Kenoyer has distinguished himself with a facility for applying state-of-the-art analytical techniques, from electron microscopy to isotope analysis, to the materials he unearths. His discoveries of how materials were moved across the region and manufactured have demonstrated widespread trade between the Indus and other civilizations, transforming how people “think about ancient South Asia and its impact on the rest of the world,” according to his nomination letter.
He is a “tireless” mentor and “inspiring teacher,” Schroeder writes, who takes a keen interest in his students’ professional development and guides them in their research projects. His unique course on ancient technology involves students in research projects that routinely win prizes and develop into dissertations. Kenoyer has been instrumental in leading and supporting the Center for South Asia and the American Institute of Pakistan Studies, helping UW–Madison become a leader in South Asian studies.
Physical Sciences: Gurindar Sohi
Vilas Research Professor and E. David Cronon Professor of Computer Sciences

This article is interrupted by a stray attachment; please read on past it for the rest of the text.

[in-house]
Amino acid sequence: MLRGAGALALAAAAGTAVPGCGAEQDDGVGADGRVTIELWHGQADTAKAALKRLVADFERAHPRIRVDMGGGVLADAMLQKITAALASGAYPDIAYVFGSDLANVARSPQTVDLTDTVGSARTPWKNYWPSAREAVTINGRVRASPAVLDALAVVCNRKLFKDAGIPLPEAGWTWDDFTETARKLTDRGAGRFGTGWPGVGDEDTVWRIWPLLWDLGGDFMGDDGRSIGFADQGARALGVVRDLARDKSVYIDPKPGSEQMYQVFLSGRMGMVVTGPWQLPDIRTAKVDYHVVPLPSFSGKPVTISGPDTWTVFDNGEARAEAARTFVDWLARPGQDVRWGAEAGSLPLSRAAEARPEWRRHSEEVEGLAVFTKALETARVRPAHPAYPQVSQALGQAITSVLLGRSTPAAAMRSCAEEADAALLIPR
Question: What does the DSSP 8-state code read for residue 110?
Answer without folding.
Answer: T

Gurindar (Guri) Sohi’s impact on the world can be felt in the palm of your hand — billions of computers, including smartphones, rely on his pioneering work in computer architecture and processor design. “Sohi has reached the pinnacle of his field,” writes Thomas Reps, the J. Barkley Rosser Professor & Rajiv and Ritu Batra Chair of Computer Sciences, in his nominating letter.
A faculty member at UW–Madison for more than 30 years, Sohi’s research into designing better computer processors has been noted for its creativity and longevity. Just two years after coming to UW–Madison, Sohi published an influential paper that has been cited by more than 150 U.S. patents. “It is a testimony to the beauty and elegance of the model that it continues” to influence processor design three decades after its proposal, Reps writes.